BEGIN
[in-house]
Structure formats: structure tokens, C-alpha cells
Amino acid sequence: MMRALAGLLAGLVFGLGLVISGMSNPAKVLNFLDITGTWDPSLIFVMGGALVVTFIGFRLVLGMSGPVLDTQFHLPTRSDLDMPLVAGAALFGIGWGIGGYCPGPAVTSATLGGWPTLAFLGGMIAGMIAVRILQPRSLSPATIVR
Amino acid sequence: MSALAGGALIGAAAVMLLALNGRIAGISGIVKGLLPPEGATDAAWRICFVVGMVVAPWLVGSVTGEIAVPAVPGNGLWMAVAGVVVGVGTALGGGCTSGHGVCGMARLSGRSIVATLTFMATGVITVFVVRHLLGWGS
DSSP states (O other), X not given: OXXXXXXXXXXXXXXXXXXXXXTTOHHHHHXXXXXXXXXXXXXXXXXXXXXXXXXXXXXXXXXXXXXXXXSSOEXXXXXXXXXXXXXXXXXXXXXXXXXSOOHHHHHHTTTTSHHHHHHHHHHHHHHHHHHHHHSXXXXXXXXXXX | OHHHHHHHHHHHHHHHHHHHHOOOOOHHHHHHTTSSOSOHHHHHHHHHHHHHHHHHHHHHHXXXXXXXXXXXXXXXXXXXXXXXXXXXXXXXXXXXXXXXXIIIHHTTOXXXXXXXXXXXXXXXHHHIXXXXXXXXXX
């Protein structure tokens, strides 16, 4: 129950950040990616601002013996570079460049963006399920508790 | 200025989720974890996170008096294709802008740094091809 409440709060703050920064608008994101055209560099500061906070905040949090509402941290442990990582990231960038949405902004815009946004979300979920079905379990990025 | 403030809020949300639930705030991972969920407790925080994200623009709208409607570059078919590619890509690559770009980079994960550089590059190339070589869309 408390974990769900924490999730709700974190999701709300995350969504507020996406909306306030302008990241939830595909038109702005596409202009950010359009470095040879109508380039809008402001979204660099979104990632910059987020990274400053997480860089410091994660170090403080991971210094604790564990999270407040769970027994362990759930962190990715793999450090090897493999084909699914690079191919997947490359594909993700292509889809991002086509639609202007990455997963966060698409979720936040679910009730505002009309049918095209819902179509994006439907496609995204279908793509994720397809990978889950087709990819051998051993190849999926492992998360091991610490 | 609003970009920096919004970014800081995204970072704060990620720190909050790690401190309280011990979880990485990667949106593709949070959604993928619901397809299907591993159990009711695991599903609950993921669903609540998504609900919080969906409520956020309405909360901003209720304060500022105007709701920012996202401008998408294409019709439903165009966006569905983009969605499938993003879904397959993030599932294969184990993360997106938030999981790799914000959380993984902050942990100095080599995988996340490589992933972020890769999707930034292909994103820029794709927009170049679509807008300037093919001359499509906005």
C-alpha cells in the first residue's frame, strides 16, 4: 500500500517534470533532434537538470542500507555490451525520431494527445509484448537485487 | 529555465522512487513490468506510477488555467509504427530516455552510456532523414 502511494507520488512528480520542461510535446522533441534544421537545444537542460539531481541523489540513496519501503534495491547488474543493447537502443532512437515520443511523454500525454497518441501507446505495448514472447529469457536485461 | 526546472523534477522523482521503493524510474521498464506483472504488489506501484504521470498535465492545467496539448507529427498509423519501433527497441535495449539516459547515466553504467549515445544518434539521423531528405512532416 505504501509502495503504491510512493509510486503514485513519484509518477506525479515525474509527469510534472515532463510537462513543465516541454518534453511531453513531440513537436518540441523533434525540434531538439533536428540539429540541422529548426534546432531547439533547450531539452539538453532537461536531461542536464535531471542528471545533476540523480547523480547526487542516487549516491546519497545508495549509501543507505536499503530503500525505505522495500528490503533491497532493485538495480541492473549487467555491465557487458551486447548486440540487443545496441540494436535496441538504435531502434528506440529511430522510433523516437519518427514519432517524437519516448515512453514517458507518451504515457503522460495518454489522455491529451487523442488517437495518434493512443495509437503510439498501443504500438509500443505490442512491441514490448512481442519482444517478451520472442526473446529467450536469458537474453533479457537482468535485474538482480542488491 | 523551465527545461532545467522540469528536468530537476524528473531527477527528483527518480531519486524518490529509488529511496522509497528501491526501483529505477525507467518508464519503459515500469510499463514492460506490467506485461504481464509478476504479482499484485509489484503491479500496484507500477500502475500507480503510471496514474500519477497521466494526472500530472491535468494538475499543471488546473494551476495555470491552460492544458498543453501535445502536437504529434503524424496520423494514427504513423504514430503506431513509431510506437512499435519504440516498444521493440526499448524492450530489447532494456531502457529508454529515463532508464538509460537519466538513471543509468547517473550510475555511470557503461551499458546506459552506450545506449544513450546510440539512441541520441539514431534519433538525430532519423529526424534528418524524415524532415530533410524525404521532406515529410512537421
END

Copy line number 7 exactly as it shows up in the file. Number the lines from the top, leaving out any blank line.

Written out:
C-alpha cells in the first residue's frame, strides 16, 4: 500500500517534470533532434537538470542500507555490451525520431494527445509484448537485487 | 529555465522512487513490468506510477488555467509504427530516455552510456532523414 502511494507520488512528480520542461510535446522533441534544421537545444537542460539531481541523489540513496519501503534495491547488474543493447537502443532512437515520443511523454500525454497518441501507446505495448514472447529469457536485461 | 526546472523534477522523482521503493524510474521498464506483472504488489506501484504521470498535465492545467496539448507529427498509423519501433527497441535495449539516459547515466553504467549515445544518434539521423531528405512532416 505504501509502495503504491510512493509510486503514485513519484509518477506525479515525474509527469510534472515532463510537462513543465516541454518534453511531453513531440513537436518540441523533434525540434531538439533536428540539429540541422529548426534546432531547439533547450531539452539538453532537461536531461542536464535531471542528471545533476540523480547523480547526487542516487549516491546519497545508495549509501543507505536499503530503500525505505522495500528490503533491497532493485538495480541492473549487467555491465557487458551486447548486440540487443545496441540494436535496441538504435531502434528506440529511430522510433523516437519518427514519432517524437519516448515512453514517458507518451504515457503522460495518454489522455491529451487523442488517437495518434493512443495509437503510439498501443504500438509500443505490442512491441514490448512481442519482444517478451520472442526473446529467450536469458537474453533479457537482468535485474538482480542488491 | 523551465527545461532545467522540469528536468530537476524528473531527477527528483527518480531519486524518490529509488529511496522509497528501491526501483529505477525507467518508464519503459515500469510499463514492460506490467506485461504481464509478476504479482499484485509489484503491479500496484507500477500502475500507480503510471496514474500519477497521466494526472500530472491535468494538475499543471488546473494551476495555470491552460492544458498543453501535445502536437504529434503524424496520423494514427504513423504514430503506431513509431510506437512499435519504440516498444521493440526499448524492450530489447532494456531502457529508454529515463532508464538509460537519466538513471543509468547517473550510475555511470557503461551499458546506459552506450545506449544513450546510440539512441541520441539514431534519433538525430532519423529526424534528418524524415524532415530533410524525404521532406515529410512537421